Most of the public walking down the street have little understanding of how the property that surrounds them was created. Like a garden shed the general view is that you go somewhere and buy it, blink and it appears. Little thought is given to the fact that property accounts for about 70% of the world’s worth and is one out most important factors of production with the property and construction industry accounting for some 11% to 13% of UK GDP.
Like most things in life, to create something you need money and with these credentials property needs a great deal of it. How property is financed is one of the key factors in the life of the person walking down the street although oblivious to the activity that is the property market. Every UK and World recession/downturn since 1974 has either been the result of, or the cause of an overheated property sector and crash.
The second of our Open Hall lunches at Haberdashers Hall on the subject of “Banking, property, lending and valuation — do they go together?” attracted an audience of just under 100. They were treated to a high level and incisive view on the activities of banks and how property is valued by Chris Sullivan, recently retired Deputy CEO of RBS and Michael Brodtman, Head of Valuation at CBRE.
Chris Sullivan described his experiences of banking behaviour in lending on property through his experiences since joining Nat. Wes.t in 1973 and was frank and fair in his analysis. He wished there had been a stronger dialogue between the banks and the property/valuation profession 15 years ago as that might have helped limit the excesses. As it happens, banks became greedy and with few checks in place forgot their purpose was to lend against secured assets with the borrower having an the ability to repay. Instead the banks became equity players with disastrous consequences.
Michael Brodtman felt the valuation and banking sectors had been well aligned over the past 5 years but that there was much more that could be done in supporting stability and sustainability in property lending. One idea would be to take the IPD valuation model and every quarter benchmark lending levels and loan to value ratios so as to determine a line of travel and help assess peaks and breaking points for forecasting purposes. This would add to the armoury of both lenders and values undertaking the equivalent of a health on the property market, the level of finances employed and the risk factor it attracts.
As this was a business lunch, time was tight but Damian Wild, Editor of the Estates Gazette very kindly delayed his flight to Japan to chair the debate and kept the momentum going for over half an hour. He questioned how banks operated, what skill base do they have to deal with the sophistication of property and questioned the transparency and effectiveness of the valuation profession to which both Chris and Michael responded positively that much had been learnt and acted upon. However, all agreed there are no guarantees on the future and markets do not operate without risk and uncertainty.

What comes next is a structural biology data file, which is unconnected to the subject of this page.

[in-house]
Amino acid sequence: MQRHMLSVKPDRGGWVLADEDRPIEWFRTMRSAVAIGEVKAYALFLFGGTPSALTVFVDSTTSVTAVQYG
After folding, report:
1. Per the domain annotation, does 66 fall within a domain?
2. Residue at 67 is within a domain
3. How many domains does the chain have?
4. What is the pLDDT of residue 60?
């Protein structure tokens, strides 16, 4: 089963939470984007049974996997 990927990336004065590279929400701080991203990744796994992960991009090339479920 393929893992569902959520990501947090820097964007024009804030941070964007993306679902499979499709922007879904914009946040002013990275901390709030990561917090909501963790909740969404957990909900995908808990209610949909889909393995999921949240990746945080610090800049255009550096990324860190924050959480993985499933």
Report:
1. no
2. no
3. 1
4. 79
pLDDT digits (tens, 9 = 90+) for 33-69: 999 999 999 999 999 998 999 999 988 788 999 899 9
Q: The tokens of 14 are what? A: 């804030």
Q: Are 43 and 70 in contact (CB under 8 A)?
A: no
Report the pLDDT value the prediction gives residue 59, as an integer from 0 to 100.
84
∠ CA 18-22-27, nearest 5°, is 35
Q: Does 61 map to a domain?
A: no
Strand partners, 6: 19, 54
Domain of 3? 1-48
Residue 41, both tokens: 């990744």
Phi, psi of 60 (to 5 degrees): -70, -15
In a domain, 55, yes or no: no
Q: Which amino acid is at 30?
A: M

The brief sound bite summary from our two lunches on the subject of “Banking, property, lending and valuation is as follows:
Mike Hussey: The lending and valuation cycles in banking and property have only been slighted in 3 of the past 30 years.
Peter Wynn Rees: Don’t trust a bank with property or a developer with money.
Chris Sullivan: Banks must stick to lending and not become equity players and listen more to Valuers.
Michael Brodtman: We need to have better financial modelling and benchmarks in place to assist with market travel and lending performance/security.
Despite all this understanding those walking down the street will continue to be oblivious to what the property around them means but if it gives them a home and a place to work why should they bother — that is our job and responsibility. Quite rightly the public, business and government expect us to get it right. Clearly we can do better but the lessons have been learnt and understood by all those involved in property. The question is can we remember the lessons and the pain?
I am most grateful to the 220 Liverymen and guests that have attended both Open Hall Lunches, Amanda Jackson for her organisation, Steve Hilton of Redwood Consulting for bringing together the speakers and Chairman on the day and Haberdashers Hall for their excellent carvery lunch and splendid surroundings in a modern business like setting.
Graham F. Chase Master